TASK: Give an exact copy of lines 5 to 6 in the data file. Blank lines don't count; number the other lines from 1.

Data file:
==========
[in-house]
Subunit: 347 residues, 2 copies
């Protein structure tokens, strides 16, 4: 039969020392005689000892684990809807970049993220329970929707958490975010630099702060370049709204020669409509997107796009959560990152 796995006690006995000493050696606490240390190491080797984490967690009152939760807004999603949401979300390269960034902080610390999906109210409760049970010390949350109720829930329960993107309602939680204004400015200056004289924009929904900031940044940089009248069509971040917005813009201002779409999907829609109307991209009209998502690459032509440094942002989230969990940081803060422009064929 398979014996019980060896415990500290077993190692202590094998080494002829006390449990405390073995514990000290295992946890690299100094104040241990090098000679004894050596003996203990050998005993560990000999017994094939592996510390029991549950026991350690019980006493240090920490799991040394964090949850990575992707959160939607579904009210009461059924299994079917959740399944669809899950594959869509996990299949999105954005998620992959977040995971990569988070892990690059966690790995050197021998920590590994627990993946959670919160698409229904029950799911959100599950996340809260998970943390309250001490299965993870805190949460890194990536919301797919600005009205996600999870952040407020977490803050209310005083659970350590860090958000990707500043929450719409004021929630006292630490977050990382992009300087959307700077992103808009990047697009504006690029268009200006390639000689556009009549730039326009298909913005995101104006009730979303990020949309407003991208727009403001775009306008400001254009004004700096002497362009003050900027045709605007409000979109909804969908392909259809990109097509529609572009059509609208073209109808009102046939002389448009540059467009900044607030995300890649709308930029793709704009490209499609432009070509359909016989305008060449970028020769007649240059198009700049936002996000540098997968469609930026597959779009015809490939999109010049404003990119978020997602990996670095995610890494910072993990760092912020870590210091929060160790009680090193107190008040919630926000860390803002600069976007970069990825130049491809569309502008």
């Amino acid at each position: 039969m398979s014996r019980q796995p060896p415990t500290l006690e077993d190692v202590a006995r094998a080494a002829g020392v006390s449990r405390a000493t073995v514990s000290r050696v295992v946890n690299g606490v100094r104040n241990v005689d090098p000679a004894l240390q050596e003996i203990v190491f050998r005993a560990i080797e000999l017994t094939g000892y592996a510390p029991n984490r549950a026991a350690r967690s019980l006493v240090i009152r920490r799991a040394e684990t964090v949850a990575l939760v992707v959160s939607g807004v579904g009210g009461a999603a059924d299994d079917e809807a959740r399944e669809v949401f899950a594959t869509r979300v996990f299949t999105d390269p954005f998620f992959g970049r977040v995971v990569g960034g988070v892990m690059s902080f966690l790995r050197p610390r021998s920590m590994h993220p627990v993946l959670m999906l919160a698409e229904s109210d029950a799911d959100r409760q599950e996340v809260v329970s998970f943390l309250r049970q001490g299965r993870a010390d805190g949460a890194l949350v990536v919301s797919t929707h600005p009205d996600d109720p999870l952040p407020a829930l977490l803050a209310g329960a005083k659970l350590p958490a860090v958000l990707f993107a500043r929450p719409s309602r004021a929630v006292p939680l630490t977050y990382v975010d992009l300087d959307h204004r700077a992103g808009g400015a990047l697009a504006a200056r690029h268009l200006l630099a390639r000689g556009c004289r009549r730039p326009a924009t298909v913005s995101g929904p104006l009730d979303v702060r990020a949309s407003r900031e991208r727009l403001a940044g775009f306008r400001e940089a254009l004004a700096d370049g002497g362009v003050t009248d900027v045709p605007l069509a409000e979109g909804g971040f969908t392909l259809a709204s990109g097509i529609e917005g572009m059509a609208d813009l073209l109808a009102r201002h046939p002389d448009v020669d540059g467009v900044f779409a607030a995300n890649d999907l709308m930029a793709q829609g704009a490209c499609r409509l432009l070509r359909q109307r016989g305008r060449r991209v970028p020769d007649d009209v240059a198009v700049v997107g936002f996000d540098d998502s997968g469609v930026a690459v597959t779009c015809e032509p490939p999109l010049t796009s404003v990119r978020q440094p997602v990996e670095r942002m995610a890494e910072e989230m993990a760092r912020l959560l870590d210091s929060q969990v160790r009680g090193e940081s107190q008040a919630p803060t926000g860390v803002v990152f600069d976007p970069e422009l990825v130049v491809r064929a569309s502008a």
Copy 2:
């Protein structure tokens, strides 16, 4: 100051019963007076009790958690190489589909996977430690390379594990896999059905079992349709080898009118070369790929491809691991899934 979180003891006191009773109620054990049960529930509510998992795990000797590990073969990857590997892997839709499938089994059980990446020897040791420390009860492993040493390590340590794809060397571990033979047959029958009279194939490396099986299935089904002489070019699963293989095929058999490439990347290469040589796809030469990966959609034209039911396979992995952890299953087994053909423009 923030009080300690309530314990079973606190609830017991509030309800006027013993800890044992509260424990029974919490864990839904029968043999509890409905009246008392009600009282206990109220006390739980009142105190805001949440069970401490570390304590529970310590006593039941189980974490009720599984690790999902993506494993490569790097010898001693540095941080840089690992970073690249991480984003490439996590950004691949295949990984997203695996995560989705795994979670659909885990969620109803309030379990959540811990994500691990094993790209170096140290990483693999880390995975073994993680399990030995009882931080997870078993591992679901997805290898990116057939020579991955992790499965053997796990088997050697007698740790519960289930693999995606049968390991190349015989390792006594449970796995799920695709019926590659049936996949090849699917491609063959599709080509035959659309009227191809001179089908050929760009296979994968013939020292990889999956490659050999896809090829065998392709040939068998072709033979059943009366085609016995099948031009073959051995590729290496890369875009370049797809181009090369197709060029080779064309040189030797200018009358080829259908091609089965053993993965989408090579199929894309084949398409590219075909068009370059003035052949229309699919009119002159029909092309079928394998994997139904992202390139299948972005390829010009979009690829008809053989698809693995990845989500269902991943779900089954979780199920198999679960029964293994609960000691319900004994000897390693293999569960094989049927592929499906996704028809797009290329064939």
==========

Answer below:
Copy 2:
């Protein structure tokens, strides 16, 4: 100051019963007076009790958690190489589909996977430690390379594990896999059905079992349709080898009118070369790929491809691991899934 979180003891006191009773109620054990049960529930509510998992795990000797590990073969990857590997892997839709499938089994059980990446020897040791420390009860492993040493390590340590794809060397571990033979047959029958009279194939490396099986299935089904002489070019699963293989095929058999490439990347290469040589796809030469990966959609034209039911396979992995952890299953087994053909423009 923030009080300690309530314990079973606190609830017991509030309800006027013993800890044992509260424990029974919490864990839904029968043999509890409905009246008392009600009282206990109220006390739980009142105190805001949440069970401490570390304590529970310590006593039941189980974490009720599984690790999902993506494993490569790097010898001693540095941080840089690992970073690249991480984003490439996590950004691949295949990984997203695996995560989705795994979670659909885990969620109803309030379990959540811990994500691990094993790209170096140290990483693999880390995975073994993680399990030995009882931080997870078993591992679901997805290898990116057939020579991955992790499965053997796990088997050697007698740790519960289930693999995606049968390991190349015989390792006594449970796995799920695709019926590659049936996949090849699917491609063959599709080509035959659309009227191809001179089908050929760009296979994968013939020292990889999956490659050999896809090829065998392709040939068998072709033979059943009366085609016995099948031009073959051995590729290496890369875009370049797809181009090369197709060029080779064309040189030797200018009358080829259908091609089965053993993965989408090579199929894309084949398409590219075909068009370059003035052949229309699919009119002159029909092309079928394998994997139904992202390139299948972005390829010009979009690829008809053989698809693995990845989500269902991943779900089954979780199920198999679960029964293994609960000691319900004994000897390693293999569960094989049927592929499906996704028809797009290329064939």